Music has always played an important role in my life. Growing up, we had an upright piano that my mother played. Later, she insisted that I take piano lessons. I was just a so-so player and did not enjoy it, but I found it beneficial in grammar school in the 1940s. I played in the orchestra and because we had a surplus of pianists, I learned how to play the marimba, bells, and triangle. I also joined the chorus and harmonica band, and the totality of these musical experiences uplifted and enriched me. I never forgot how that music made me feel. Consequently, I insisted that my own children have music lessons. Of course they all started out on the piano, but then they branched out to other instruments.
During the late 1950s the guitar captured my interest, and a neighbor loaned me one of her guitars for a weekend. I was hooked! Not much later, (August, 1958) I was pregnant with my 3rd child and my husband and I drove to Las Vegas for the weekend. We roasted in the heat outside, but a new well-chilled Stardust Casino had recently opened, and it was rumored that their slot-machines paid off more frequently than at other casinos. My husband wandered off to lose money in other parts of the gambling club, while I stayed at the nickel slot machines. Suddenly, I hit a $25 jackpot. Bells clanged and I began to feel faint, but I refused to give in to that sinking feeling until the cashier brought me my winnings. Then I succumbed to the collapsing.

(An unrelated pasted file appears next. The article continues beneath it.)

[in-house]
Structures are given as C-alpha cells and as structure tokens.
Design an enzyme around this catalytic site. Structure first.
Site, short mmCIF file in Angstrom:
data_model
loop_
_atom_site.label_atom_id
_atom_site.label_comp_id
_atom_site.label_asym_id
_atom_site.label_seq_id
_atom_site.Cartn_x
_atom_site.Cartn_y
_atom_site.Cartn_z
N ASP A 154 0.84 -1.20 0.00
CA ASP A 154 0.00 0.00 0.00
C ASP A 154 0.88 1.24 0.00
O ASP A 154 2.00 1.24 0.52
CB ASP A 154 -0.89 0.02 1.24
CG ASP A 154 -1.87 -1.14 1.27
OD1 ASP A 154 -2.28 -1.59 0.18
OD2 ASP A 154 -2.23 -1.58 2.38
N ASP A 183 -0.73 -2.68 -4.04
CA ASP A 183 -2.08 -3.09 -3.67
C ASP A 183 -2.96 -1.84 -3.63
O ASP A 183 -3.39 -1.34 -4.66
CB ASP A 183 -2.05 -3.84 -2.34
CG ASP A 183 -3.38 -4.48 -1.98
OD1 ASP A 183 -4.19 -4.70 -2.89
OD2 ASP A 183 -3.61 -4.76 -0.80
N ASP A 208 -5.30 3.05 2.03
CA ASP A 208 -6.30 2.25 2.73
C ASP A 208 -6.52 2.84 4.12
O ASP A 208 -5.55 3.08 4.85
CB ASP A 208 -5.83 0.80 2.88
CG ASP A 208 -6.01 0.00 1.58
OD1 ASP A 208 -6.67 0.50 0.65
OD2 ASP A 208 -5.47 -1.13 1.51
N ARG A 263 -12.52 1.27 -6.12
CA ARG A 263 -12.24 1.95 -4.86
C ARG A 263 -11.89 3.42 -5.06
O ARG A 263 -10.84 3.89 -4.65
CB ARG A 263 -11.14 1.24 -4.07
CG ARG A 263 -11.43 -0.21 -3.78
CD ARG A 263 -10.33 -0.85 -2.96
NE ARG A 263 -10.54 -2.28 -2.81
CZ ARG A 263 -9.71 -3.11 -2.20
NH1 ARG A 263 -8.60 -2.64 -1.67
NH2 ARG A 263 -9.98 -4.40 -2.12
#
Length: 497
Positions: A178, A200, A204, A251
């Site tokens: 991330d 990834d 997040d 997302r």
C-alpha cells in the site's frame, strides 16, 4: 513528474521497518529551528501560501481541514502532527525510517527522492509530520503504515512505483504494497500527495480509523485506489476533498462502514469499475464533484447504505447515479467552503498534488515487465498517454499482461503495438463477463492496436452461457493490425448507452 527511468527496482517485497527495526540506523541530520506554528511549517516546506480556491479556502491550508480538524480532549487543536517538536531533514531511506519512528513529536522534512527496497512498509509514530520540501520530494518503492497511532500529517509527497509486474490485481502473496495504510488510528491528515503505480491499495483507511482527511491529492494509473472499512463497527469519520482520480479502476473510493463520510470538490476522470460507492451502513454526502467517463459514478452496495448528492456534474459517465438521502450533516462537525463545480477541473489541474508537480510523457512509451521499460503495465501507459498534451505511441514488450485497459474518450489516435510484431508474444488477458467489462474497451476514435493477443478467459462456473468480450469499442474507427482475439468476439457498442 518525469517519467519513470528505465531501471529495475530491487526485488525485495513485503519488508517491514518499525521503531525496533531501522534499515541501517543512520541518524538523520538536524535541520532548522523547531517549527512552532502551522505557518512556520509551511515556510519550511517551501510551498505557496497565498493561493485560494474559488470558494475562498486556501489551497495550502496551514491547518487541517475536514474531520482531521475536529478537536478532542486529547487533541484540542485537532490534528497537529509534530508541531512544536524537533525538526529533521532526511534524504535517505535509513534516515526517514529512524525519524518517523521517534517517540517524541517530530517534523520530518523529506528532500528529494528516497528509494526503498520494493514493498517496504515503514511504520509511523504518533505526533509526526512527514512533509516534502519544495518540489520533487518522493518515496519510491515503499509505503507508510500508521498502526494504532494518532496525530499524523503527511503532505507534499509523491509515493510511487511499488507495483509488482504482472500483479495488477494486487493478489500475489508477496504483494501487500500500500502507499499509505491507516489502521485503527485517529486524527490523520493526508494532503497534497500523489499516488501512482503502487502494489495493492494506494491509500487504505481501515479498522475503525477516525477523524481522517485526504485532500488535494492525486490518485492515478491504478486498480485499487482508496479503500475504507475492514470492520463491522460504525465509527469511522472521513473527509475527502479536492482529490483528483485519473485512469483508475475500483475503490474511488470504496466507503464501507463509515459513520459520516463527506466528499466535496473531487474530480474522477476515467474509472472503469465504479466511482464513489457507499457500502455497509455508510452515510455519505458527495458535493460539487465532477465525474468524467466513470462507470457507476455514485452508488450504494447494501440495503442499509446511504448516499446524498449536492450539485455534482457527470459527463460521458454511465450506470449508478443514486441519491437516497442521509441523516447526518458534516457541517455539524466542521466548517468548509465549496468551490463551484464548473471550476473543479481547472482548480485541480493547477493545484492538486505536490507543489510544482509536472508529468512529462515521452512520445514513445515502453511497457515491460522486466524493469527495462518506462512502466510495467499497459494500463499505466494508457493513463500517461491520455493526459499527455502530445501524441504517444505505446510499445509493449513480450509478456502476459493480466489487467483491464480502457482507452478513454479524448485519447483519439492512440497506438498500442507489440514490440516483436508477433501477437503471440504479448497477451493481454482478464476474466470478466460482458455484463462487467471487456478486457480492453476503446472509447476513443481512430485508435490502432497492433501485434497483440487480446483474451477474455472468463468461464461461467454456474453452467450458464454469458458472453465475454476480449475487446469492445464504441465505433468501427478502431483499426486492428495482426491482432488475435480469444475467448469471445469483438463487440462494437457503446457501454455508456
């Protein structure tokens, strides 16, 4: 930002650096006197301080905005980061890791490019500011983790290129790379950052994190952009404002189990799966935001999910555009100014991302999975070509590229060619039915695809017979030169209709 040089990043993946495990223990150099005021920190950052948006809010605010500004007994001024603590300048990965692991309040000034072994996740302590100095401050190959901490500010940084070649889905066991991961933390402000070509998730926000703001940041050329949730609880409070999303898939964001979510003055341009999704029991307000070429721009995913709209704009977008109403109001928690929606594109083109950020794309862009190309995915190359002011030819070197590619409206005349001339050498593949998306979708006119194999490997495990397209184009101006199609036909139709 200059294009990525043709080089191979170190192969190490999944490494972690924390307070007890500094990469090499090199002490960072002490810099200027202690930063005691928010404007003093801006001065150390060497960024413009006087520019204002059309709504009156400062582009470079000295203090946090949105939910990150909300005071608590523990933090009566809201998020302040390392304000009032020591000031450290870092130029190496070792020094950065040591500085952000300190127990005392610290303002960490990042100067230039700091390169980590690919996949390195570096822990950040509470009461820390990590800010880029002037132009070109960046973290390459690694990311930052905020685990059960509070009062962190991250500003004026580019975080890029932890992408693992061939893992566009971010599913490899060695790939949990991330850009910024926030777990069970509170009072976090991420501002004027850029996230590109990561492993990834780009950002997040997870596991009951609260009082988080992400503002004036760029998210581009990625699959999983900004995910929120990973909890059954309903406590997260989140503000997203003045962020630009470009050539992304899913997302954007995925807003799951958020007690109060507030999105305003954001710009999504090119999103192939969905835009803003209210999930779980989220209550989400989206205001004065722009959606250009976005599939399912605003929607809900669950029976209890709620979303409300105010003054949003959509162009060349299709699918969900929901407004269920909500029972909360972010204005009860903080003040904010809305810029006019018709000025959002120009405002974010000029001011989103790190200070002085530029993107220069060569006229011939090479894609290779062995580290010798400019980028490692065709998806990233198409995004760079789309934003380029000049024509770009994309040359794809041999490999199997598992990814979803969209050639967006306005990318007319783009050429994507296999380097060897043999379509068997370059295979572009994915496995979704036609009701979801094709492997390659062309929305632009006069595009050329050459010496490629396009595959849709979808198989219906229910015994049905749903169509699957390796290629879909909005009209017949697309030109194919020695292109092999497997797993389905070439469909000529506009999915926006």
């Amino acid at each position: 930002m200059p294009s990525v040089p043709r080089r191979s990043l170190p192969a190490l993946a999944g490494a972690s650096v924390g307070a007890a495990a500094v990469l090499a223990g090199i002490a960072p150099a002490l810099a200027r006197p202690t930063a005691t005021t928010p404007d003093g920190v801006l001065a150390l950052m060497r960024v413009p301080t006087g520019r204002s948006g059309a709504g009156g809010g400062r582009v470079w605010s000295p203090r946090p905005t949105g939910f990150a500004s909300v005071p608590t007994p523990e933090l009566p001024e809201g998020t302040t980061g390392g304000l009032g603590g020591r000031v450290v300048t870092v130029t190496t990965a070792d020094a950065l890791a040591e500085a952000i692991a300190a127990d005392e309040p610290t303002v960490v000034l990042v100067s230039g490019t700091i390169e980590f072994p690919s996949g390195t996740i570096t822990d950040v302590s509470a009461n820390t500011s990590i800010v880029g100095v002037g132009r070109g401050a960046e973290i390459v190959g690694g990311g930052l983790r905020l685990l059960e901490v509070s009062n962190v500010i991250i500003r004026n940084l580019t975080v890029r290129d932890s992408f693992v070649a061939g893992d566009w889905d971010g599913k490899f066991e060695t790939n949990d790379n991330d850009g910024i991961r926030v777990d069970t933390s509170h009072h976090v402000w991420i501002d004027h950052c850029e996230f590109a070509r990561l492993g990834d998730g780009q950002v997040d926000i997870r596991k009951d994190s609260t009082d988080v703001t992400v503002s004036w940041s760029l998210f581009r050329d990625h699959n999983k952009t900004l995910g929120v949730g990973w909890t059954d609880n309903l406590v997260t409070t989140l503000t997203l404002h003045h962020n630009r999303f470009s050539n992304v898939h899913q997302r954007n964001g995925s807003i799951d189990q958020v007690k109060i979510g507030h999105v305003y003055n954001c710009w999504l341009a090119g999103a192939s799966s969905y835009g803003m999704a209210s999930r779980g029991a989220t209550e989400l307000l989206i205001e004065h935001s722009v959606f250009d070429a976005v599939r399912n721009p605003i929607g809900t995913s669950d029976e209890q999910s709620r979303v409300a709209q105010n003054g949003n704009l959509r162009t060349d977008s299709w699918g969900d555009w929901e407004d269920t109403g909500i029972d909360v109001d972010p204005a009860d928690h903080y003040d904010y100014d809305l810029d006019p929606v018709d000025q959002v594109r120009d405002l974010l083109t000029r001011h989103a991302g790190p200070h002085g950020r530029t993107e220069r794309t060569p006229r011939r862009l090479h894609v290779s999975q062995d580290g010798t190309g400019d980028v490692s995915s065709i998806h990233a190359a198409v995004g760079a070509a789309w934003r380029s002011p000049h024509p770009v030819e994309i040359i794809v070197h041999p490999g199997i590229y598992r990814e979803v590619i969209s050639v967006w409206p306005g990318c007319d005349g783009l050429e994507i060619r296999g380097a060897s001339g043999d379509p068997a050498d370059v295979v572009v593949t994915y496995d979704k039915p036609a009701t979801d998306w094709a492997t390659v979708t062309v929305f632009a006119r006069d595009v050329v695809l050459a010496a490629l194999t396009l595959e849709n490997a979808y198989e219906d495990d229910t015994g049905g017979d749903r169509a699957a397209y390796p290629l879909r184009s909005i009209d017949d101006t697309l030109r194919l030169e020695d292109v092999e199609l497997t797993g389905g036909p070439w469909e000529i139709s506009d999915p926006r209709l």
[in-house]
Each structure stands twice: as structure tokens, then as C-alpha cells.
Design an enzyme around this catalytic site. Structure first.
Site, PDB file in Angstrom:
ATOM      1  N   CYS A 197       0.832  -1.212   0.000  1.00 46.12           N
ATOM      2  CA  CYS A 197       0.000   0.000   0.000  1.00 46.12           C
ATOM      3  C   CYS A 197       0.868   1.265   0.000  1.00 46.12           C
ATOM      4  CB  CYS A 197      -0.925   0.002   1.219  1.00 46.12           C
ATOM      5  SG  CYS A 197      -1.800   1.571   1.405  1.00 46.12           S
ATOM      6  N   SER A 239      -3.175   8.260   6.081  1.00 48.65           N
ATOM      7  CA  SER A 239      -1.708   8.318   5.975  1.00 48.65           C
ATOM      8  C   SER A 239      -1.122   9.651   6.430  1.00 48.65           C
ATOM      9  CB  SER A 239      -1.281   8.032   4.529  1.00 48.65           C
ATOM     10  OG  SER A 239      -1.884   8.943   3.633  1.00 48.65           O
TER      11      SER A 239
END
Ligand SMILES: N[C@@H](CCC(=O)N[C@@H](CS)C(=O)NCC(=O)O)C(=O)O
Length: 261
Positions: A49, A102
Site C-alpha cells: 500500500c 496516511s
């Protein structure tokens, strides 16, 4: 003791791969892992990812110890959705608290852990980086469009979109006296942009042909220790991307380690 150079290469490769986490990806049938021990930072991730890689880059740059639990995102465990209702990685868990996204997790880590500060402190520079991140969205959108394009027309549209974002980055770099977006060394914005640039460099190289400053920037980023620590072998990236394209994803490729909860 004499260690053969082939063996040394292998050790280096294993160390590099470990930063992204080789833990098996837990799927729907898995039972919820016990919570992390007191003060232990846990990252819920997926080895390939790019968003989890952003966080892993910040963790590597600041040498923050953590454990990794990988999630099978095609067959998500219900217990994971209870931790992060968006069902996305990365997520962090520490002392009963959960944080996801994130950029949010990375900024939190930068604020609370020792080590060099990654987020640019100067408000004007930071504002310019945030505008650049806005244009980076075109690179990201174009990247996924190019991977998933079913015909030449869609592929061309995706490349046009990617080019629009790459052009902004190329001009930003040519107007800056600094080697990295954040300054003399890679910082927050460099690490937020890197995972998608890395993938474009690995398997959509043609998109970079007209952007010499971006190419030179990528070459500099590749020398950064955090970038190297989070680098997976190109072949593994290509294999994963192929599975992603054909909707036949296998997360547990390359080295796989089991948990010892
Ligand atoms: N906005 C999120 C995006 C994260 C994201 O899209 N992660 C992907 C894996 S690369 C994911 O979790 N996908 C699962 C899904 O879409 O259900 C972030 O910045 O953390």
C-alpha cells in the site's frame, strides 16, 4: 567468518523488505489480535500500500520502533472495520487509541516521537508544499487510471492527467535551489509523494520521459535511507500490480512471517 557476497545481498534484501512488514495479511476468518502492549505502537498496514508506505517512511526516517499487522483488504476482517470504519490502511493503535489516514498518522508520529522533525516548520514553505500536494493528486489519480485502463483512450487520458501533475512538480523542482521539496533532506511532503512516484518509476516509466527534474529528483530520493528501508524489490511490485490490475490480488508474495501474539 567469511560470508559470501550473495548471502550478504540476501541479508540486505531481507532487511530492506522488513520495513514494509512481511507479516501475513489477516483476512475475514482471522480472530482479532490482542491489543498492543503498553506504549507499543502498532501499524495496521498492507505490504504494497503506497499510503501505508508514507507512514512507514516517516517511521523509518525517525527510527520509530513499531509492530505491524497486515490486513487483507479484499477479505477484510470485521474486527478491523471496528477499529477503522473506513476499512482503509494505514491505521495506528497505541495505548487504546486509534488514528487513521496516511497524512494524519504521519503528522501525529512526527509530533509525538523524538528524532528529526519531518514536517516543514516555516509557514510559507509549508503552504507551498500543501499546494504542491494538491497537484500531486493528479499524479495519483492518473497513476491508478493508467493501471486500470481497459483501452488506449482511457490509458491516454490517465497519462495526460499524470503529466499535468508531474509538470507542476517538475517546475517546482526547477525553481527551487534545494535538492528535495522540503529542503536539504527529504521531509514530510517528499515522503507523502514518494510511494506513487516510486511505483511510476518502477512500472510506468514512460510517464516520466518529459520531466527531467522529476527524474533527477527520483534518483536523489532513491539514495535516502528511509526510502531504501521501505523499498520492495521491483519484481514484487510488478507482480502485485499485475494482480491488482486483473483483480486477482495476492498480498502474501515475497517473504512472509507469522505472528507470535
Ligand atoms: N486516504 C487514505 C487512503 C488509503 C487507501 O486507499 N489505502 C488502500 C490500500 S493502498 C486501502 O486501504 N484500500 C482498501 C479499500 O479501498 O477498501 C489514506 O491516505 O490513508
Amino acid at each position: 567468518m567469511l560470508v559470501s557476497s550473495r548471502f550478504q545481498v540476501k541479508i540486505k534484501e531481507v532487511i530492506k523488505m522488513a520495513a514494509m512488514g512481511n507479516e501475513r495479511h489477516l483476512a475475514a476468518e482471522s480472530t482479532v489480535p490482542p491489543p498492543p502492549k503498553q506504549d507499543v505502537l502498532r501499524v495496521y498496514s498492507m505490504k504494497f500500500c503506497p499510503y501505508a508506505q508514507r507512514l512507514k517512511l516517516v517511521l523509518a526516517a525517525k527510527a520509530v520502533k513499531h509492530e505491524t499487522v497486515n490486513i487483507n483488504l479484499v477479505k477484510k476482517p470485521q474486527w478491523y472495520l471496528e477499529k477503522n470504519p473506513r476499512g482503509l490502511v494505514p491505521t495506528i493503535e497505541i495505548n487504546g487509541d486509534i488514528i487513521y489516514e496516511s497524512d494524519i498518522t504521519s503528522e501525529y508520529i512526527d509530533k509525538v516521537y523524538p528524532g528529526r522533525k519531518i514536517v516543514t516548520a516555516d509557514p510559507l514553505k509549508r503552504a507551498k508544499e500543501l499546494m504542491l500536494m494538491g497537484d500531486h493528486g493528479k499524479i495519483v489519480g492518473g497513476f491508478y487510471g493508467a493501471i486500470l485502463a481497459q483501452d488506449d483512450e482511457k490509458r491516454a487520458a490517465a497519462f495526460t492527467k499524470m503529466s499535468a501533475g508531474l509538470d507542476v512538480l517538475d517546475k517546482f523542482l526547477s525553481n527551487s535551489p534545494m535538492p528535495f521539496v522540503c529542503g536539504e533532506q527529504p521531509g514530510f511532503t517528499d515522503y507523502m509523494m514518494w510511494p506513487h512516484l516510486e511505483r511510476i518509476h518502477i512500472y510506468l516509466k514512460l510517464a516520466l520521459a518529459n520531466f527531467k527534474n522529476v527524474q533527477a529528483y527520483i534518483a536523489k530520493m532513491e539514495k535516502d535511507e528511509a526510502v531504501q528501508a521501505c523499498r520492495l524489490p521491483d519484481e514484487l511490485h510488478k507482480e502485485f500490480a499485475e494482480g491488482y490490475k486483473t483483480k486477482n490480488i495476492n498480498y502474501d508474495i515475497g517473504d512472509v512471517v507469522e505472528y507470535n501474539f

Mysteriously, a gentleman appeared, identified himself as a doctor and tourist from St. Louis, MO. He laid me down on a couch, had someone bring me water and explained that the disparity between the scorching outdoor temperatures and air-conditioned cold of the Stardust plus my pregnancy caused me to feel ill.
Suddenly, Harold materialized. When I told him about my jackpot and he inquired, “Are you going to share it with me?”
Adamantly, I answered, “No.” Instead, I used it to buy a guitar from a Sear’s & Roeback Catalog. A Silvertone guitar cost $19.95 and its cardboard case was an additional $5.95.
That purchase changed my life. I met others with the same folk music passion; I learned quickly and began teaching guitar in my home and later at the YWCA; With another guitarist we played duos for different organizations; I became a music teacher at a Catholic girls school and gave guitar lessons to three nuns; My friendship with the Sister Superior persists until this moment; On the night before my son’s bar mitzvah along with my older daughter (age 11) who sang the lyrics, I played guitar, and my 13-year-old son accompanied us on bass. We recorded, “The Day After Christmas,” written by my supermarket checker and financed by a secret backer — the supermarket manager. Can you beat that for fun?